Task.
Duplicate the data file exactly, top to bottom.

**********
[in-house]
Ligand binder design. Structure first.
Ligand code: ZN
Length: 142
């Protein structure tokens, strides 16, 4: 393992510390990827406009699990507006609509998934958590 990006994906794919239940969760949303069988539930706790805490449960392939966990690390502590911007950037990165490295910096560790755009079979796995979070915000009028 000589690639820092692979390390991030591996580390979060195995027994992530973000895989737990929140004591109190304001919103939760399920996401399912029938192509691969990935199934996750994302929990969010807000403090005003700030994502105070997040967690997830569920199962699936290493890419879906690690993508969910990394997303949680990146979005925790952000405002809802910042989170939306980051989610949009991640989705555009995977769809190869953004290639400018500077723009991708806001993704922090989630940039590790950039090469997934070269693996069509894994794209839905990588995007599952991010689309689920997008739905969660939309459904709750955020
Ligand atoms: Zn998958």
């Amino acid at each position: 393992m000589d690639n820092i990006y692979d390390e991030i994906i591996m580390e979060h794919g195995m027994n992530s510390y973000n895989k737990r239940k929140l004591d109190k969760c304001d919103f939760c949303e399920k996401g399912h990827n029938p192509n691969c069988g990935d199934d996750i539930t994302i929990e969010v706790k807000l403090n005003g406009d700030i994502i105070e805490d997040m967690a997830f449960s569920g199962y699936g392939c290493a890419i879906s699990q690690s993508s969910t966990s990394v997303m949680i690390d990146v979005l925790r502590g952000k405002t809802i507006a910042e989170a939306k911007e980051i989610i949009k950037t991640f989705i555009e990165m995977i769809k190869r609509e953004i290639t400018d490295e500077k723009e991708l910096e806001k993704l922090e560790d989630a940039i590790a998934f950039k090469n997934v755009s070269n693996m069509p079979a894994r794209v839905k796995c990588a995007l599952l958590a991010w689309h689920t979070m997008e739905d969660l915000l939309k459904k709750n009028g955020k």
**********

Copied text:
[in-house]
Ligand binder design. Structure first.
Ligand code: ZN
Length: 142
């Protein structure tokens, strides 16, 4: 393992510390990827406009699990507006609509998934958590 990006994906794919239940969760949303069988539930706790805490449960392939966990690390502590911007950037990165490295910096560790755009079979796995979070915000009028 000589690639820092692979390390991030591996580390979060195995027994992530973000895989737990929140004591109190304001919103939760399920996401399912029938192509691969990935199934996750994302929990969010807000403090005003700030994502105070997040967690997830569920199962699936290493890419879906690690993508969910990394997303949680990146979005925790952000405002809802910042989170939306980051989610949009991640989705555009995977769809190869953004290639400018500077723009991708806001993704922090989630940039590790950039090469997934070269693996069509894994794209839905990588995007599952991010689309689920997008739905969660939309459904709750955020
Ligand atoms: Zn998958």
């Amino acid at each position: 393992m000589d690639n820092i990006y692979d390390e991030i994906i591996m580390e979060h794919g195995m027994n992530s510390y973000n895989k737990r239940k929140l004591d109190k969760c304001d919103f939760c949303e399920k996401g399912h990827n029938p192509n691969c069988g990935d199934d996750i539930t994302i929990e969010v706790k807000l403090n005003g406009d700030i994502i105070e805490d997040m967690a997830f449960s569920g199962y699936g392939c290493a890419i879906s699990q690690s993508s969910t966990s990394v997303m949680i690390d990146v979005l925790r502590g952000k405002t809802i507006a910042e989170a939306k911007e980051i989610i949009k950037t991640f989705i555009e990165m995977i769809k190869r609509e953004i290639t400018d490295e500077k723009e991708l910096e806001k993704l922090e560790d989630a940039i590790a998934f950039k090469n997934v755009s070269n693996m069509p079979a894994r794209v839905k796995c990588a995007l599952l958590a991010w689309h689920t979070m997008e739905d969660l915000l939309k459904k709750n009028g955020k």